U.S. urges inter-Korean projects be in line with denuclearization progressThe U.S. State Department said that inter-Korean cooperation has to come in “lockstep” with progress on denuclearization after President Moon Jae-in expressed Seoul’s intentions to pursue a joint railway project with Pyongyang.
President Moon Jae-in on Monday, marking the second anniversary of his first summit with North Korean leader Kim Jong-un, stressed intentions to move forward with inter-Korean initiatives including a project to connect South-North roads and railways and a coronavirus response.
“The United States supports inter-Korean cooperation,” a U.S. State Department spokesperson said in statement quoted by the Voice of America Monday, and “coordinates with our ROK ally to ensure inter-Korean cooperation proceeds in lockstep with progress on denuclearization.” ROK stands for the Republic of Korea.
Denuclearization negotiations between Pyongyang and Washington have been deadlocked over the past year since the second summit between North Korean leader Kim and U.S. President Donald Trump collapsed in February 2019 in Hanoi, Vietnam. Seoul has indicated inter-Korean initiatives could happen simultaneously with and encourage progress in denuclearization.
South Korea on Monday marked the second anniversary of the Panmunjom Declaration of April 27, 2018, with a groundbreaking ceremony in Jejin Station in Goseong County, Gangwon, to eventually reconnect a railway severed during the 1950-53 Korean War.
Moon said in a meeting with senior aides at the Blue House that day that Seoul will seek “realistic and practical ways” for inter-Korean cooperation.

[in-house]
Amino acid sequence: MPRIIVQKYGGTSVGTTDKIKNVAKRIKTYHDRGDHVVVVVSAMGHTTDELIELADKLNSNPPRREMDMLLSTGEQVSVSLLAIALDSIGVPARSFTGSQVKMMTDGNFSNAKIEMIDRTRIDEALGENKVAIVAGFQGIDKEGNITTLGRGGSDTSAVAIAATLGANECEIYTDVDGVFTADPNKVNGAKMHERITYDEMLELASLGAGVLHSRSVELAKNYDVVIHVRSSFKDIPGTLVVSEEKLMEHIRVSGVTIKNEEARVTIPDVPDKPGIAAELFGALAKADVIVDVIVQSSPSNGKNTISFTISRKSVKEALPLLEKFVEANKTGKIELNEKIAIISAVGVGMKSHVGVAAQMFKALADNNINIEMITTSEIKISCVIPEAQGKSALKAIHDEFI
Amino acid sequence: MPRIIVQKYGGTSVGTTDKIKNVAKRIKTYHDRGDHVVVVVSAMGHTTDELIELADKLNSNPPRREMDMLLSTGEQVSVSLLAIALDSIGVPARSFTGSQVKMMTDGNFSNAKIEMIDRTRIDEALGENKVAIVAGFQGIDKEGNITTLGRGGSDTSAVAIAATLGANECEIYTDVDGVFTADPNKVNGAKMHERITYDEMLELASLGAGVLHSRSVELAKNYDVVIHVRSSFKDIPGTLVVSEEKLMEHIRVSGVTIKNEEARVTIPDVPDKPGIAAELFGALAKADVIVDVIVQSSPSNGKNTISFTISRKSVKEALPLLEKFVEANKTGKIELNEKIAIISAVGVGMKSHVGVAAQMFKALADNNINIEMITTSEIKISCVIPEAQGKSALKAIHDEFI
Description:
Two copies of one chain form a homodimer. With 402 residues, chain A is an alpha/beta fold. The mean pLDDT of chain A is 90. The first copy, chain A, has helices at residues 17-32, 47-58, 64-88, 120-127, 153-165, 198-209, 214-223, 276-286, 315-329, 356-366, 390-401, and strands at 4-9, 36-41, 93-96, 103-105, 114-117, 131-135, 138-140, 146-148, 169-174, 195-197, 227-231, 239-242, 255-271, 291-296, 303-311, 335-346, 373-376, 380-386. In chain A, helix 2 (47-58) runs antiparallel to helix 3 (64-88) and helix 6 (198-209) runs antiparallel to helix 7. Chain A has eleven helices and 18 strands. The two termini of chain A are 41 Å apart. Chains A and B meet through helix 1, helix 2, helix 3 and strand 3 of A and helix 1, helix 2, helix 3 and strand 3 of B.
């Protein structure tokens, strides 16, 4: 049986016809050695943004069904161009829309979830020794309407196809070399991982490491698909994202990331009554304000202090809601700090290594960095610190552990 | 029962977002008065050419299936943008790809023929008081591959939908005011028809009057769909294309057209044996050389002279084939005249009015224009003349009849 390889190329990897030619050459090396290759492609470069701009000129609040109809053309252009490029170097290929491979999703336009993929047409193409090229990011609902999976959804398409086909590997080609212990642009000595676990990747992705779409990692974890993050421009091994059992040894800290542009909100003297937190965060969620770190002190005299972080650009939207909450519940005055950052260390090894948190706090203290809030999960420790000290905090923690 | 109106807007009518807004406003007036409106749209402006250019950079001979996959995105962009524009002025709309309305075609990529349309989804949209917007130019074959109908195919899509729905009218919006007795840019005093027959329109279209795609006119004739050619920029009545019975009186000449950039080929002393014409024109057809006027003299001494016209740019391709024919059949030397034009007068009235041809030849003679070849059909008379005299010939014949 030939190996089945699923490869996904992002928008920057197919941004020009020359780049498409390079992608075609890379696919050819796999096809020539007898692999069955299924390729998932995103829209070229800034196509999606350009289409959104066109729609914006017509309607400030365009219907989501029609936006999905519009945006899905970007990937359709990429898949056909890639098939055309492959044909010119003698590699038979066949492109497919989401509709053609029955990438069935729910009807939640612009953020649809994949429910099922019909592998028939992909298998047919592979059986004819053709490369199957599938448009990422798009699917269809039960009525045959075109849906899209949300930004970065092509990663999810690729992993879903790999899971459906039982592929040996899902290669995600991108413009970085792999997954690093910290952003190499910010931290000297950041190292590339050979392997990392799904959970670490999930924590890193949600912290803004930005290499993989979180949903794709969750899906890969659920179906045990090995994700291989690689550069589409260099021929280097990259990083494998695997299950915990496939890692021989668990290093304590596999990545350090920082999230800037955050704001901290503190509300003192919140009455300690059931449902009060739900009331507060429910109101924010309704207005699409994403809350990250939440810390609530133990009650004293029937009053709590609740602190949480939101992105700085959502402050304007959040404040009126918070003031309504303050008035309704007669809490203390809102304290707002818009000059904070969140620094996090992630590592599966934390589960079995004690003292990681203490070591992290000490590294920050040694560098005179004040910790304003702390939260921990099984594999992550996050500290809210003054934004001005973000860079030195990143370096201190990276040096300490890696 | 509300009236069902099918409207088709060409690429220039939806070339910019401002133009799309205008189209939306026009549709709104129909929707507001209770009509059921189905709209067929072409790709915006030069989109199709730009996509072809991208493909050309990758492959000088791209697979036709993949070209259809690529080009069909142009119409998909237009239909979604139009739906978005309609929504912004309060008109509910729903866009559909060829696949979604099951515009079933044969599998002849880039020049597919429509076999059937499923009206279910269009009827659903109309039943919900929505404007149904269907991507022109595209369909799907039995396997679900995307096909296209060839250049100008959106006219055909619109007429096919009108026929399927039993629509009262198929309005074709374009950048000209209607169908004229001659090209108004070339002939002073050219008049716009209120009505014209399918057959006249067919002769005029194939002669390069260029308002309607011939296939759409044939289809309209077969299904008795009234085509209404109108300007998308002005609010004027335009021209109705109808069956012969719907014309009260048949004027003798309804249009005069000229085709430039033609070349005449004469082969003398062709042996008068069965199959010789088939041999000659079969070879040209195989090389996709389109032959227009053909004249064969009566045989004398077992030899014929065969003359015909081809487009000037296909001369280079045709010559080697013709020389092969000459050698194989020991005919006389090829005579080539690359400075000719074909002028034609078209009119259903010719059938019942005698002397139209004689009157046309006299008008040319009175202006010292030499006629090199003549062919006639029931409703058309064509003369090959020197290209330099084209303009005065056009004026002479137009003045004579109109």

Seoul’s top nuclear envoy Lee Do-hoon and U.S. State Deputy Secretary of State Stephen Biegun, who doubles as the special representative for North Korea, held a phone call Tuesday morning to discuss recent developments in Pyongyang.
They also “exchanged views on ways for the two countries to cooperate to make substantive progress in achieving complete denuclearization and establishing permanent peace on the Korean Peninsula,” according to the Korean Foreign Ministry.
The latest U.S. Congressional Research Service (CRS) report notes that Seoul favors earlier concession to the North than Washington, but that international and U.S. sanctions “prevent Moon from doing more without U.S. approval, which has contributed to periodic tensions.”
The report also describes, "Policy cooperation between the United States and South Korea has been inconsistent under the administrations of Donald Trump and Moon Jae-in.”
The two sides “generally have managed to navigate differences” on trade and North Korea policy, according to the report, but “underlying tensions continue to surface on a range of issues” and have “failed to reach a compromise” on the defense cost-sharing agreement.
Seoul reportedly offered a 13 percent increase as the two allies tried to sign a new bilateral Special Measures Agreement (SMA) on the upkeep of some 28,500 U.S. troops stationed in Korea after their previous deal expired at the end of last year. But Trump said last week that he rejected Seoul’s offer.
The report described that the Trump administration has demanded Seoul increase its payments by 400 percent, and the president “publicly said it is debatable whether the U.S. troop presence is in U.S. interests.”
Washington is looking for "further compromise" from Seoul in their defense cost-sharing negotiations, according to the U.S. State Department in a separate statement Monday.
BY SARAH KIM [firstname.lastname@example.org]